Housing Survey Calls for More Policy Measures to Boost Affordability
But a recent survey conducted by Washington, D.C.–based Hart Research Associates for the MacArthur Foundation suggests Americans still see housing as a sector that has room for improvement.
The overwhelming majority, 70 percent, of the survey respondents who are non-home owners said they aspire to buy a home, but fewer people surveyed saw home ownership as a path to building wealth.
“The affordability problem has to be addressed,” said Rebecca Naser, a vice president with Hart Research, in an interview. With a slow economy and stagnant wages, “the majorities feel it’s hard for middle-income families to find housing.”
The MacArthur “How Housing Matters” survey, conducted between April 8 and April 14 and released this week, found that 52 percent of the 1,355 adults queried by phone said they have had to make at least one sacrifice in order to cover their rent or mortgage.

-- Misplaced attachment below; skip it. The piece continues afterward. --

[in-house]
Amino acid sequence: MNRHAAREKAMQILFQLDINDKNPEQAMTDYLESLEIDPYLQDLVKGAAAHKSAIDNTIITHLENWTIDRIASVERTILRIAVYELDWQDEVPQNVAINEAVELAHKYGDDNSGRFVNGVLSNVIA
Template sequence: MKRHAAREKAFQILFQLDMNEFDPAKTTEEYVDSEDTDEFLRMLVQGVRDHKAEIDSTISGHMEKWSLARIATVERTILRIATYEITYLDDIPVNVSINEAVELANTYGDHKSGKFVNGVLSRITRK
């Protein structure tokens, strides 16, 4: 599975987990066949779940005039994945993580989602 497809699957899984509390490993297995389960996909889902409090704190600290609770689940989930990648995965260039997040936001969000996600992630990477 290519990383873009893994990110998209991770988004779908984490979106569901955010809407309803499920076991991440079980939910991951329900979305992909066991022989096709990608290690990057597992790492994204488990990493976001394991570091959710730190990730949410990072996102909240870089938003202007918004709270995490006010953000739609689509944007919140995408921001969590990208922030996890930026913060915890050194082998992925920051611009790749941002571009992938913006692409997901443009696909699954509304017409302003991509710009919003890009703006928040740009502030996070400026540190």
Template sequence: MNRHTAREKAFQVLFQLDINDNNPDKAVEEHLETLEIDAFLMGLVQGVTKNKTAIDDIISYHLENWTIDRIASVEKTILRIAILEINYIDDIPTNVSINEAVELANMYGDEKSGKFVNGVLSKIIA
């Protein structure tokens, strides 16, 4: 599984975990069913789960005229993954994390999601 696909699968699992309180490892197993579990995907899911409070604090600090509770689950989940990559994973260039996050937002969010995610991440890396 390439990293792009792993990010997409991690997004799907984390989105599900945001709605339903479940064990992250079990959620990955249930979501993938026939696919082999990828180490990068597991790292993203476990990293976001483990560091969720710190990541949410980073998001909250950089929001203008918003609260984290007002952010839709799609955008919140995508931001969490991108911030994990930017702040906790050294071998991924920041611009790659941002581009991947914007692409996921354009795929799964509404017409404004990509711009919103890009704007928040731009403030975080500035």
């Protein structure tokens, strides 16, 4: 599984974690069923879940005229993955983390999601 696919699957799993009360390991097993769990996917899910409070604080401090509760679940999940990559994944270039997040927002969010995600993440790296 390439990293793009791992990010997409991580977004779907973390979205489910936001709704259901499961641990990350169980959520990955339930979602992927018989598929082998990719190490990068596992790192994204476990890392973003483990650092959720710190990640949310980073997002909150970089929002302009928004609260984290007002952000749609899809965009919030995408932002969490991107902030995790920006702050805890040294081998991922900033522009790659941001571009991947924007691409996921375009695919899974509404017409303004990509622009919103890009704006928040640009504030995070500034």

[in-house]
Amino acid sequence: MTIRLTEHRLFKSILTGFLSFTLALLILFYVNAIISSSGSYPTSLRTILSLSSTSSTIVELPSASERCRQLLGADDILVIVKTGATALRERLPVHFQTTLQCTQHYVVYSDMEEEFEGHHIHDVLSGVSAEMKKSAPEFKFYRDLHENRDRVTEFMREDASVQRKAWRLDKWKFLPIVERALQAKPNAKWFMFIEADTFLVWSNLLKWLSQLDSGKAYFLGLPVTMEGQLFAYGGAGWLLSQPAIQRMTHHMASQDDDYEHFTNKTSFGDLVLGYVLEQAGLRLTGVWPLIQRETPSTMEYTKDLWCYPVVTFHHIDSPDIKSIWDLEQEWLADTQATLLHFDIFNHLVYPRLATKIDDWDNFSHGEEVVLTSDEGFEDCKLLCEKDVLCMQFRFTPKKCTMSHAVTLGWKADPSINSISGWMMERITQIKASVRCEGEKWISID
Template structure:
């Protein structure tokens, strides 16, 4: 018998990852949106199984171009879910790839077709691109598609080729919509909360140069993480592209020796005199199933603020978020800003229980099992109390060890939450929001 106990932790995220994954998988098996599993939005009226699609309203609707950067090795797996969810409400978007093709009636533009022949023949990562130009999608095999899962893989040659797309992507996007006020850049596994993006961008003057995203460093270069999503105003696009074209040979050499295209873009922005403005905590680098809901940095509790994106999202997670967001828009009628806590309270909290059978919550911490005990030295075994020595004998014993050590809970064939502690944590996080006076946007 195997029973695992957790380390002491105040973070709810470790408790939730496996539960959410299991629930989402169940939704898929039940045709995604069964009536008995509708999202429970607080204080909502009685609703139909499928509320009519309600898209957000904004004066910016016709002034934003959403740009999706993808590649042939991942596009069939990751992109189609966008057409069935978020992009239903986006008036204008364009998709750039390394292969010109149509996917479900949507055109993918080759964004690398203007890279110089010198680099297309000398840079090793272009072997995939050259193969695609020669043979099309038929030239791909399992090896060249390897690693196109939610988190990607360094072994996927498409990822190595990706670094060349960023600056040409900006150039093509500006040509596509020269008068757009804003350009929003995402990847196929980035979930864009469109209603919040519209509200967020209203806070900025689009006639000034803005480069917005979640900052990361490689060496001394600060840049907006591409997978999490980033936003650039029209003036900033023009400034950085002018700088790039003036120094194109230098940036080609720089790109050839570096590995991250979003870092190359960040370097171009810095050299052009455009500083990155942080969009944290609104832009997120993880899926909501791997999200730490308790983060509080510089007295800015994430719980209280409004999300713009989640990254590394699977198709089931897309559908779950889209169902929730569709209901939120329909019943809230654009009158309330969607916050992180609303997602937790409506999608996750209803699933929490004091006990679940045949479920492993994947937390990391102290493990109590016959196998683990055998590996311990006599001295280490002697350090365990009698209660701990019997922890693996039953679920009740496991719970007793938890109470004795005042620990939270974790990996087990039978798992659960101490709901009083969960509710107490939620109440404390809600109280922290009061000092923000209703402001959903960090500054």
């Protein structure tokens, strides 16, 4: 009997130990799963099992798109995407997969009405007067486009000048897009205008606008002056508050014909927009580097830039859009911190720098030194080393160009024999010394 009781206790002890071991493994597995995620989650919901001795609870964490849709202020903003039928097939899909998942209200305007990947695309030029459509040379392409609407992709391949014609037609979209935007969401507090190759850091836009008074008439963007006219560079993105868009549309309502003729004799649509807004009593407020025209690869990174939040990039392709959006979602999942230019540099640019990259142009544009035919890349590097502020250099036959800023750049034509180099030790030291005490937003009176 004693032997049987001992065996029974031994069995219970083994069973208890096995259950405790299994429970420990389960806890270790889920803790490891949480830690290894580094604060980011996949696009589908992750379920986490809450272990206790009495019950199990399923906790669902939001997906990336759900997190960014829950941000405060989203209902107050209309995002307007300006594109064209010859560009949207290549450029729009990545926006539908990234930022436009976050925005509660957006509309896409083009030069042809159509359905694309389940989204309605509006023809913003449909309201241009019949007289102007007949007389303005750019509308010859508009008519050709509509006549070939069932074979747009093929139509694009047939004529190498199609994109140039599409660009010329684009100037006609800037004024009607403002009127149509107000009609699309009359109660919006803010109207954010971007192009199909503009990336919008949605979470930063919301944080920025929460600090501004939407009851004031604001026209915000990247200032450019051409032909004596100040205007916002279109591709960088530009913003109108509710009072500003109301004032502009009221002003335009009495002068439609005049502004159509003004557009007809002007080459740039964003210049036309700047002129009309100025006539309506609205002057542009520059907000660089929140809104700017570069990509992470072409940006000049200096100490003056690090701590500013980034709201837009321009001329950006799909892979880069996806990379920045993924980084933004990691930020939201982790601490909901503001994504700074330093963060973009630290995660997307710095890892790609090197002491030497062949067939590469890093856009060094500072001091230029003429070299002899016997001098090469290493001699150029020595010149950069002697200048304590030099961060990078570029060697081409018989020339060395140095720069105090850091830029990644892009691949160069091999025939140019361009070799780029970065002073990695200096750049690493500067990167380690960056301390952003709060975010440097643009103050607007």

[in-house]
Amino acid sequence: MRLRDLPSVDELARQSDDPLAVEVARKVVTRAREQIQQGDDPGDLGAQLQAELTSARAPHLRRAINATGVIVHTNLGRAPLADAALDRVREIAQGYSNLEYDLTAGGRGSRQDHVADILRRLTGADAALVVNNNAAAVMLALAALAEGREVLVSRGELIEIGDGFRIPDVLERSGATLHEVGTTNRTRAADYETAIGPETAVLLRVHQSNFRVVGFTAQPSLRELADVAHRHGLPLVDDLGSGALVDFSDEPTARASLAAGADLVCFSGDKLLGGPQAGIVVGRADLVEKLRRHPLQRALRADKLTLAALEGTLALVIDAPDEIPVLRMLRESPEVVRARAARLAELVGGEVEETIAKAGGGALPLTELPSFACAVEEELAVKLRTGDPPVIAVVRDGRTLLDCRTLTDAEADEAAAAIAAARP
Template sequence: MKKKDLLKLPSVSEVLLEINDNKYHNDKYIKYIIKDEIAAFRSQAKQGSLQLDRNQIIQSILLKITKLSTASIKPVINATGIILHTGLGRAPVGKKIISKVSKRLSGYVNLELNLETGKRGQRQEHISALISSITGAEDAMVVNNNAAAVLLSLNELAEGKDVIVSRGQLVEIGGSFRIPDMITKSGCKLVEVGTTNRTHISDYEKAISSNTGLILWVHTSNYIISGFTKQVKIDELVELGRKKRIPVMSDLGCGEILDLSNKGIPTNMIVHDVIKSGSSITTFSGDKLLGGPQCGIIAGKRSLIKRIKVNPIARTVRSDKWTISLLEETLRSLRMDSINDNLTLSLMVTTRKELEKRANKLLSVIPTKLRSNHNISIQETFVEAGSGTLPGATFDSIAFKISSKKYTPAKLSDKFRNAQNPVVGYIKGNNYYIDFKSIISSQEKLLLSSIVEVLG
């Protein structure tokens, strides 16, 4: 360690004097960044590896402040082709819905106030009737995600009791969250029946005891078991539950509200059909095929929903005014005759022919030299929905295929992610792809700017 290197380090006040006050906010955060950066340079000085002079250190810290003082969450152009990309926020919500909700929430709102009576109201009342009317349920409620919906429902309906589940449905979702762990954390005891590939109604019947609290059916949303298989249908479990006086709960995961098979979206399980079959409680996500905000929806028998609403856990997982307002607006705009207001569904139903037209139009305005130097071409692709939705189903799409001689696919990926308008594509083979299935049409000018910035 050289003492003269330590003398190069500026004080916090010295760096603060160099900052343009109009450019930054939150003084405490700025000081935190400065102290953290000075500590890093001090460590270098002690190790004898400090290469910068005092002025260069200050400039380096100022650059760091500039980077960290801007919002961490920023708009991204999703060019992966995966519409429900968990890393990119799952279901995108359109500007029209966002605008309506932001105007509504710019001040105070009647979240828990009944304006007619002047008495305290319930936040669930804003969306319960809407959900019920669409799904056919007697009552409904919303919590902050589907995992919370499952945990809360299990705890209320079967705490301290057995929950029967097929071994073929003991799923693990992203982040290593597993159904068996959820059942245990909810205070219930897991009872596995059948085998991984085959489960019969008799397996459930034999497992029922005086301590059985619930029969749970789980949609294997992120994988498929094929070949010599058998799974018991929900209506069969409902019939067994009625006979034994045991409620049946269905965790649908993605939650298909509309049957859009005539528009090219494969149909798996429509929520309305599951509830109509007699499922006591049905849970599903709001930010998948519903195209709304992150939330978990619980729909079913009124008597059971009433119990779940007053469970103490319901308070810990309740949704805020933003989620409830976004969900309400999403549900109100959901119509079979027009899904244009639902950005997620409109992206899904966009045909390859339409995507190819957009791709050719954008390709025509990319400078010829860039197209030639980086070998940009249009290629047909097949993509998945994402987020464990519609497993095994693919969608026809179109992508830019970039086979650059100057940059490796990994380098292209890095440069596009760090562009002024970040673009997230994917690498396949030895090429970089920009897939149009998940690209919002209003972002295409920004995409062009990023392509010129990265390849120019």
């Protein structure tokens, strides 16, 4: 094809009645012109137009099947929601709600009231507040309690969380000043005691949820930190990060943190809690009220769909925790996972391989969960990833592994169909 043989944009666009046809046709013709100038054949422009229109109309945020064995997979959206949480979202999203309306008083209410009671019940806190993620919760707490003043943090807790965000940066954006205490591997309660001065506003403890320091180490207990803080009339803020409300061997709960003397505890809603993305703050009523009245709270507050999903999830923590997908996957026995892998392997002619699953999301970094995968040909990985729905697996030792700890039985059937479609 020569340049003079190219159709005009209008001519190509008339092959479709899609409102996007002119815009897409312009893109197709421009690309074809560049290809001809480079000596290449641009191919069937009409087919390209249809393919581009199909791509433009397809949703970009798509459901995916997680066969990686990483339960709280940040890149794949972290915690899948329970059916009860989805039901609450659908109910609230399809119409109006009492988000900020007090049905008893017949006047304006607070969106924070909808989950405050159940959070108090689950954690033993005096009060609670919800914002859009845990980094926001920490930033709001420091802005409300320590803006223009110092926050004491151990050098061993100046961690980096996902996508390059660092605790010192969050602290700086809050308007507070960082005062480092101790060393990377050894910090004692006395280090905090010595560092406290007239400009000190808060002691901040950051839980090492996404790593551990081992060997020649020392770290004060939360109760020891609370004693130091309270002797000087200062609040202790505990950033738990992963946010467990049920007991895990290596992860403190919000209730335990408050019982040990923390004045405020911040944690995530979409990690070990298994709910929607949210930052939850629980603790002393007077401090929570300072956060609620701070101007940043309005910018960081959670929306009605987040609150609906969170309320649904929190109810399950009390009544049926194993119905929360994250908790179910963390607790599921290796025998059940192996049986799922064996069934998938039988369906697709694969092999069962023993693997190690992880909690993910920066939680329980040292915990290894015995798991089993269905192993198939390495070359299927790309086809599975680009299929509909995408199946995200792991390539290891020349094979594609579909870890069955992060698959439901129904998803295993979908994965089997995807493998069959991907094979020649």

Those tradeoffs, they said, included taking a second job or working more hours, not saving for retirement, cutting back on health care, or accumulating credit-card debt.
“The public thinks more can be done” by policymakers, said Naser. In fact, of those surveyed, 58 percent said state and local governments should be doing more on both fronts—through zoning and other measures—to ensure that there is sufficient affordable quality housing to buy and to rent in their own communities.
“On a federal level, the public wants policy that takes a balanced approach,” she said. In a survey separate question, 58 of the respondents said the federal government should invest in policies that support home ownership and 58 percent said it should provide more affordable-quality rental housing.
Despite respondents’ criticisms, Naser acknowledged this year’s survey showed a minor, but positive shift in public opinion compared with 2013.
For example, the latest survey showed 42 percent of Americans see the housing market as a problem, down from 46 percent a year ago.
“I would characterize it as a decrease in pessimism, as opposed to an increase in optimism,” Naser said. “There has been a shift in attitude, but it’s not a shift where people think we’ve emerged and are through the storm.”